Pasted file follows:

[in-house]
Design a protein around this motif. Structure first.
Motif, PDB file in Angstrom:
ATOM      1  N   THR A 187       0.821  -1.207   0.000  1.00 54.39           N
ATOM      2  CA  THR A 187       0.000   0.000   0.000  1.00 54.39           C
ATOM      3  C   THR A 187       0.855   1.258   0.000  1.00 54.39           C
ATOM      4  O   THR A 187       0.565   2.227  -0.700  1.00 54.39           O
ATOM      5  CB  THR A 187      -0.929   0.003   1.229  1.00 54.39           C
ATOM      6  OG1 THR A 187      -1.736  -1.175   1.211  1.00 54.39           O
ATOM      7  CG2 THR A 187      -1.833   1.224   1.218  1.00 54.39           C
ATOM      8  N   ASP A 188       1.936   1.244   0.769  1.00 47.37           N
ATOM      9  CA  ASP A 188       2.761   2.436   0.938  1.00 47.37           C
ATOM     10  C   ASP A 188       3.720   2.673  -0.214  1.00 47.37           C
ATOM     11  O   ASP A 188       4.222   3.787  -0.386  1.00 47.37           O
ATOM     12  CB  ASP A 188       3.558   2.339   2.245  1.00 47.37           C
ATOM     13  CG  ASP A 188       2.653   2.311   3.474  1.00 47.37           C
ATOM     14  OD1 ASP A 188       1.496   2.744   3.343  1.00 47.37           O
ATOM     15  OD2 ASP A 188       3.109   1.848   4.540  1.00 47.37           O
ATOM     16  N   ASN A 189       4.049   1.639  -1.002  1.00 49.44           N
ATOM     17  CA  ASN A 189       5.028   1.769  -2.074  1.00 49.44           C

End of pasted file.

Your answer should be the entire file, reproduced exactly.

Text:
[in-house]
Design a protein around this motif. Structure first.
Motif, PDB file in Angstrom:
ATOM      1  N   THR A 187       0.821  -1.207   0.000  1.00 54.39           N
ATOM      2  CA  THR A 187       0.000   0.000   0.000  1.00 54.39           C
ATOM      3  C   THR A 187       0.855   1.258   0.000  1.00 54.39           C
ATOM      4  O   THR A 187       0.565   2.227  -0.700  1.00 54.39           O
ATOM      5  CB  THR A 187      -0.929   0.003   1.229  1.00 54.39           C
ATOM      6  OG1 THR A 187      -1.736  -1.175   1.211  1.00 54.39           O
ATOM      7  CG2 THR A 187      -1.833   1.224   1.218  1.00 54.39           C
ATOM      8  N   ASP A 188       1.936   1.244   0.769  1.00 47.37           N
ATOM      9  CA  ASP A 188       2.761   2.436   0.938  1.00 47.37           C
ATOM     10  C   ASP A 188       3.720   2.673  -0.214  1.00 47.37           C
ATOM     11  O   ASP A 188       4.222   3.787  -0.386  1.00 47.37           O
ATOM     12  CB  ASP A 188       3.558   2.339   2.245  1.00 47.37           C
ATOM     13  CG  ASP A 188       2.653   2.311   3.474  1.00 47.37           C
ATOM     14  OD1 ASP A 188       1.496   2.744   3.343  1.00 47.37           O
ATOM     15  OD2 ASP A 188       3.109   1.848   4.540  1.00 47.37           O
ATOM     16  N   ASN A 189       4.049   1.639  -1.002  1.00 49.44           N
ATOM     17  CA  ASN A 189       5.028   1.769  -2.074  1.00 49.44           C